Dickinson County Memorial Hospital Corp. v. Johnson

Annotate this Case

80 N.W.2d 756 (1957)

DICKINSON COUNTY MEMORIAL HOSPITAL CORPORATION and Allen Arnold, Appellees, v. E. O. JOHNSON, G. C. Ruwe, L. E. Hendricks, the Dickinson County Election Canvassers and The Board of Supervisors of Dickinson County, Iowa, Appellants, C. H. Arthur, Intervenor-Appellant.

No. 49177.

Supreme Court of Iowa.

February 5, 1957.

Jack H. Bedell, of Spirit Lake, for appellants.

K. B. Welty, of Spirit Lake, for intervener-appellant.

Peter B. Narey and W. B. Bedell, of Spirit Lake, for appellees.

OLIVER, Justice.

In accordance with the provisions of Chapter 347, Code of Iowa 1954, I.C.A., the board of supervisors submitted to the voters of Dickinson County, at the (next) general election in November, 1956, a proposition properly presented to said board, to establish a county public hospital and to borrow money to pay for the site, hospital and equipment, by issuing bonds, and levying a tax to pay the principal and interest thereof. Following the election, the canvass of the votes upon the proposition showed 3,748, "yes" votes and 2,382 "no" votes. Based upon these figures the proposition carried by more than 60% of the total vote. However, there were also 91 blank ballots and 91 improperly marked, rejected ballots. If these were included in the total, the affirmative votes were less than 60% thereof.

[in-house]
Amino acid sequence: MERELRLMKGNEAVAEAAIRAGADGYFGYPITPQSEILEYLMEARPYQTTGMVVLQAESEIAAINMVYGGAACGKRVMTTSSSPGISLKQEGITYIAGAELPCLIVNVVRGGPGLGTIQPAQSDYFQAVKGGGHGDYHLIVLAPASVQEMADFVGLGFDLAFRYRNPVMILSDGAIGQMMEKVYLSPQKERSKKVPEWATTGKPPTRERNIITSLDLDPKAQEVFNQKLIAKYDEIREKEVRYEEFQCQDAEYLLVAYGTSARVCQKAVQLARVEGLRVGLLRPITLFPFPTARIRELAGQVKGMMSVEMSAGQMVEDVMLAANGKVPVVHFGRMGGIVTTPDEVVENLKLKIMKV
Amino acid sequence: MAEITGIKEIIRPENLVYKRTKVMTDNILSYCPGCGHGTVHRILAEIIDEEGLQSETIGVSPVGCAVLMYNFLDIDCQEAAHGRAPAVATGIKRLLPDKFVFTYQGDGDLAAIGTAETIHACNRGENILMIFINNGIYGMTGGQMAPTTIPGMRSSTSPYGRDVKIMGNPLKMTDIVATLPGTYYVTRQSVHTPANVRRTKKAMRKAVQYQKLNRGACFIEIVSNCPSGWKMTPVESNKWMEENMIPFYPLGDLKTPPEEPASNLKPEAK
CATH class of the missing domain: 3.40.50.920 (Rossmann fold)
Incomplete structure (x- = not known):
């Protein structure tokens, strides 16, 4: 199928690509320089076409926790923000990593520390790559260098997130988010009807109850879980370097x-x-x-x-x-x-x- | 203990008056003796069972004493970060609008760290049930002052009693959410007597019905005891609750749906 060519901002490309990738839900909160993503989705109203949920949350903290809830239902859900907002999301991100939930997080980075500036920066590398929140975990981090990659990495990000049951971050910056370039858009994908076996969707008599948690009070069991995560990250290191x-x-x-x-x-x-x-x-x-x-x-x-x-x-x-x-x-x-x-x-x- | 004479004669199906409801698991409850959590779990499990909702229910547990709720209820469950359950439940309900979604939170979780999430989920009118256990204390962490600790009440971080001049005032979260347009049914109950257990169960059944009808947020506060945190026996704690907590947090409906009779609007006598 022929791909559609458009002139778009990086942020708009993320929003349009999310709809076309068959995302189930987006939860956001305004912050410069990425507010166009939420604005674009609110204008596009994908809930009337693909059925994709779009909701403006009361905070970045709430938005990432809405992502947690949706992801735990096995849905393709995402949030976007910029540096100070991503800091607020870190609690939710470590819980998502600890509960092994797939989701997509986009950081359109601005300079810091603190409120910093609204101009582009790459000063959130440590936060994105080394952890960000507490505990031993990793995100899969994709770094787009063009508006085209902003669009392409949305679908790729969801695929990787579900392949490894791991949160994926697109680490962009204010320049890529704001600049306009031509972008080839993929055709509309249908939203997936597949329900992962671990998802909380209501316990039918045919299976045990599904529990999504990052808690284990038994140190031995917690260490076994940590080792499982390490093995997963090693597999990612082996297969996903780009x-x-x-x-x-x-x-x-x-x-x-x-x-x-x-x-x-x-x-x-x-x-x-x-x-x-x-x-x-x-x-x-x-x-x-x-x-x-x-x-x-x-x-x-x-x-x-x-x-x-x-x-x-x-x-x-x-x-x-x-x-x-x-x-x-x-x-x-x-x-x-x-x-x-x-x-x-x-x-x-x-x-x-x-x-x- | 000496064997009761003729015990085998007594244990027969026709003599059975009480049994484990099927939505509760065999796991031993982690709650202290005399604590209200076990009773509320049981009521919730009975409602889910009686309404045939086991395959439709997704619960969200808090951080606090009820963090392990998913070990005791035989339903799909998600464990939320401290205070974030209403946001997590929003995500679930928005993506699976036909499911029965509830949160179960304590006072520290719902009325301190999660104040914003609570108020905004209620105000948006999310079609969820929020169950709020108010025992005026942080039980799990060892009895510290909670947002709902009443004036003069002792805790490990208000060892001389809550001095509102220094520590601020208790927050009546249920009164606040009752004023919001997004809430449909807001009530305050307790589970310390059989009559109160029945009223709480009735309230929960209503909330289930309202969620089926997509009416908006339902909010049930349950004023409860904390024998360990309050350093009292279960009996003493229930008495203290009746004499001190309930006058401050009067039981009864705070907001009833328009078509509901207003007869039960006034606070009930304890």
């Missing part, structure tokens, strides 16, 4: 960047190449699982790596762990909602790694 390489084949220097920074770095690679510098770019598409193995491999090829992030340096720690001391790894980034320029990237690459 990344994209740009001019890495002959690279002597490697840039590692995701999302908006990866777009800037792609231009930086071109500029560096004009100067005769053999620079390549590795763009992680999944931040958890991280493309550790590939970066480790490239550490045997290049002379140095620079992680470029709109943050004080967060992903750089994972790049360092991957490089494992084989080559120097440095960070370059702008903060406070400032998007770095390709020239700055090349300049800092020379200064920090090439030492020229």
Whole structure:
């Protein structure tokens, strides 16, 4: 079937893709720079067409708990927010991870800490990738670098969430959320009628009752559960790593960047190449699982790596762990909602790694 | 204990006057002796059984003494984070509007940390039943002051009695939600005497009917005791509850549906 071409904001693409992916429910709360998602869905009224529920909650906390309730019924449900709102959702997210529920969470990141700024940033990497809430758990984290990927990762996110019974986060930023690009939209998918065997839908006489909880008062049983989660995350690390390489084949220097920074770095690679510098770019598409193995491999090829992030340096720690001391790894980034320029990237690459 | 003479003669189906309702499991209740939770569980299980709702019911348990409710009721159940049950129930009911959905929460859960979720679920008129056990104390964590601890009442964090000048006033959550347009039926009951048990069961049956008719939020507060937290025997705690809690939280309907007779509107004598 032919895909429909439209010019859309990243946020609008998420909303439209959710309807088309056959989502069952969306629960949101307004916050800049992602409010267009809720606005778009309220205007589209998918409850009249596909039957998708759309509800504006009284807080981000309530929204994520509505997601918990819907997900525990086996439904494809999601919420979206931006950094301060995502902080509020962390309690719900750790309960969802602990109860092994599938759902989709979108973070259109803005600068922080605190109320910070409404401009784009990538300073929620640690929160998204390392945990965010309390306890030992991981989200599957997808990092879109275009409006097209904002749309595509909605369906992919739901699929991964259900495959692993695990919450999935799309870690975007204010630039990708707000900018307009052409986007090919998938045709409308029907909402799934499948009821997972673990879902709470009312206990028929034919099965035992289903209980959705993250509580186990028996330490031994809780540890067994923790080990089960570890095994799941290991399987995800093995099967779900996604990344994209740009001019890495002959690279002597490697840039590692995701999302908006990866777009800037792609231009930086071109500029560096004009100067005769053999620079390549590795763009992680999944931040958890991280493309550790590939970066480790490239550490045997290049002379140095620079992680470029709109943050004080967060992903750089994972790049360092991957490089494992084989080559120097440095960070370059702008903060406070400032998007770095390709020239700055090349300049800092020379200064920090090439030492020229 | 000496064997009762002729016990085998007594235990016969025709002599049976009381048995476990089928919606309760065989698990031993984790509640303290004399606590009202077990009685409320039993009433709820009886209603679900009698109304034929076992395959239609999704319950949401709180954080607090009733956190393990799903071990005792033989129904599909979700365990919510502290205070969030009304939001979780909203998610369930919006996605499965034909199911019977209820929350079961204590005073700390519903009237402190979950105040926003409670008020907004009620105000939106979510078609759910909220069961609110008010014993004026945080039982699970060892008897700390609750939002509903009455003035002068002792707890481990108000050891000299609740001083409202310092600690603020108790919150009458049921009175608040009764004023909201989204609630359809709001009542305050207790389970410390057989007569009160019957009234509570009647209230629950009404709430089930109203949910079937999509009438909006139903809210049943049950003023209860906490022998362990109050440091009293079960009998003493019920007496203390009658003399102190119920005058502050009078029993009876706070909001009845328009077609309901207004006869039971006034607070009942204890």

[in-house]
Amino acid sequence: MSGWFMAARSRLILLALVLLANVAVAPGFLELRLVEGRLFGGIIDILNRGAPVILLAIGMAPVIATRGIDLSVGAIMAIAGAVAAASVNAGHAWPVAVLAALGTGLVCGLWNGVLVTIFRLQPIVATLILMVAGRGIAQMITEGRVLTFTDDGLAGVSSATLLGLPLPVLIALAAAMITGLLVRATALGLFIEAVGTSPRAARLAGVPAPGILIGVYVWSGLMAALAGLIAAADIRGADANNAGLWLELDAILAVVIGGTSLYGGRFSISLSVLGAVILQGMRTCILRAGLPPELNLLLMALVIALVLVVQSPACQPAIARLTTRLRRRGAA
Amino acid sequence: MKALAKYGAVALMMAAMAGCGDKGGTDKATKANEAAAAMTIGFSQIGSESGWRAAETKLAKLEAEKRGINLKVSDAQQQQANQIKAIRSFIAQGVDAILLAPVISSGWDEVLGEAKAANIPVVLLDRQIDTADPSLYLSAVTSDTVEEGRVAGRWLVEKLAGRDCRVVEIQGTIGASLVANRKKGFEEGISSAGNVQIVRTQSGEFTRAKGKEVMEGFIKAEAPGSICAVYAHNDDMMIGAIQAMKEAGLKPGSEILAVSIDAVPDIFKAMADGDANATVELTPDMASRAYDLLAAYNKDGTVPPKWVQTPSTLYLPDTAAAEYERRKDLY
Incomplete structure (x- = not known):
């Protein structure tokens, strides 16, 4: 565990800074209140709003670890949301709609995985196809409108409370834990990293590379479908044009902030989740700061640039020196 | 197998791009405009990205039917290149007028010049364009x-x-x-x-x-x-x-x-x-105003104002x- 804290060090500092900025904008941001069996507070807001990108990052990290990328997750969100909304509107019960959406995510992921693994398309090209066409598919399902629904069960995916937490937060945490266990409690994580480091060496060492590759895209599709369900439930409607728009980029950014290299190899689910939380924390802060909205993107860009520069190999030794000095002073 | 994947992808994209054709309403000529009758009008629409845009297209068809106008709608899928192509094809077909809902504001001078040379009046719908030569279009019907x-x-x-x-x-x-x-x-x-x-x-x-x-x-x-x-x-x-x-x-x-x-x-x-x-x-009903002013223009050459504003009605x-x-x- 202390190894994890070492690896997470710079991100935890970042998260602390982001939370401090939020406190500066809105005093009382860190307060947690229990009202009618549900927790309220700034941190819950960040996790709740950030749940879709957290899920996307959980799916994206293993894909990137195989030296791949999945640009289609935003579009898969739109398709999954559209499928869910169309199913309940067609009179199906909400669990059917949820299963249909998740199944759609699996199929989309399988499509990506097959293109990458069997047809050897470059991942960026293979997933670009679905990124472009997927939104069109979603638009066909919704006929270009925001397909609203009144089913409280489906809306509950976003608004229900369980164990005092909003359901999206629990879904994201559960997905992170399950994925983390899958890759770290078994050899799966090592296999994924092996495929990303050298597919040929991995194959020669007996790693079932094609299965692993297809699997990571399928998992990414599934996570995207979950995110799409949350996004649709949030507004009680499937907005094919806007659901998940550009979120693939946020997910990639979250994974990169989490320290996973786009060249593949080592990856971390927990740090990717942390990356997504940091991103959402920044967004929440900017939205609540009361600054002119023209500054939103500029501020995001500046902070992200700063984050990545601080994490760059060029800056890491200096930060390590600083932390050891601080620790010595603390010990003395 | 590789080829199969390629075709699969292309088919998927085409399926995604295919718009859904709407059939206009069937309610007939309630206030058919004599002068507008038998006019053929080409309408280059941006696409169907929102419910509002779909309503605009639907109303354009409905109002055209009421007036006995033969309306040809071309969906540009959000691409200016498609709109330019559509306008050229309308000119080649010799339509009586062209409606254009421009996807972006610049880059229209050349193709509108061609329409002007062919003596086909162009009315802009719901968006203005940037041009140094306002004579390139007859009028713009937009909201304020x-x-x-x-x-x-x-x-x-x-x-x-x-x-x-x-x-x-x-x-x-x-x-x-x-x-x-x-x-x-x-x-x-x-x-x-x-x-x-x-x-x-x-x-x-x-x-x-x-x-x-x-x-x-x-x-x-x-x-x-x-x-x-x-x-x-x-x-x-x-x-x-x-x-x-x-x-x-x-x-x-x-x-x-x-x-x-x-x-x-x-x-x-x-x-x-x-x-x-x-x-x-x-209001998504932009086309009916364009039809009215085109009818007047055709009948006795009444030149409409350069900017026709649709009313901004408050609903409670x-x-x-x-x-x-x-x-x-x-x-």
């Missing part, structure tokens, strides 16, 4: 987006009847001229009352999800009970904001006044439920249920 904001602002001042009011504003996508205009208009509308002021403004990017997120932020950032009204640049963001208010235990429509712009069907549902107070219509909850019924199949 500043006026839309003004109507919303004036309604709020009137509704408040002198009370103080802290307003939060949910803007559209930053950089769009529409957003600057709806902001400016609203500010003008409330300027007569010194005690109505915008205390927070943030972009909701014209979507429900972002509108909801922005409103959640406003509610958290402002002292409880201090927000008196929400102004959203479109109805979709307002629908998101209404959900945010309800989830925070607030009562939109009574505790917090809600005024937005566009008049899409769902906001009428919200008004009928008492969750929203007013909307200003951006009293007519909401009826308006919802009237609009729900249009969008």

The board of supervisors refused to declare the proposition carried by the required 60% and plaintiffs brought mandamus to compel the board to make such declaration and to give notice accordingly. C. H. Arthur intervened on behalf of the defendants. Upon trial the court adjudged that the proposition in question carried at the election by more than 60% of the votes, and ordered the board to so declare and to publish notice as provided by law. Defendants and Intervenor have appealed.

*757 Chapter 347, Code of Iowa 1954, I.C.A., is entitled, "County Public Hospitals." Section 347.3 provides that, upon presentation of a proper petition to the board of supervisors, it shall submit to the voters of the county, at the next general election the question of issuing bonds and levying a tax for such hospital. Section 347.5 states in part: "Should a majority of all the votes cast upon the proposition at a general election be in favor of establishing such hospital," the board shall proceed to issue the bonds, etc.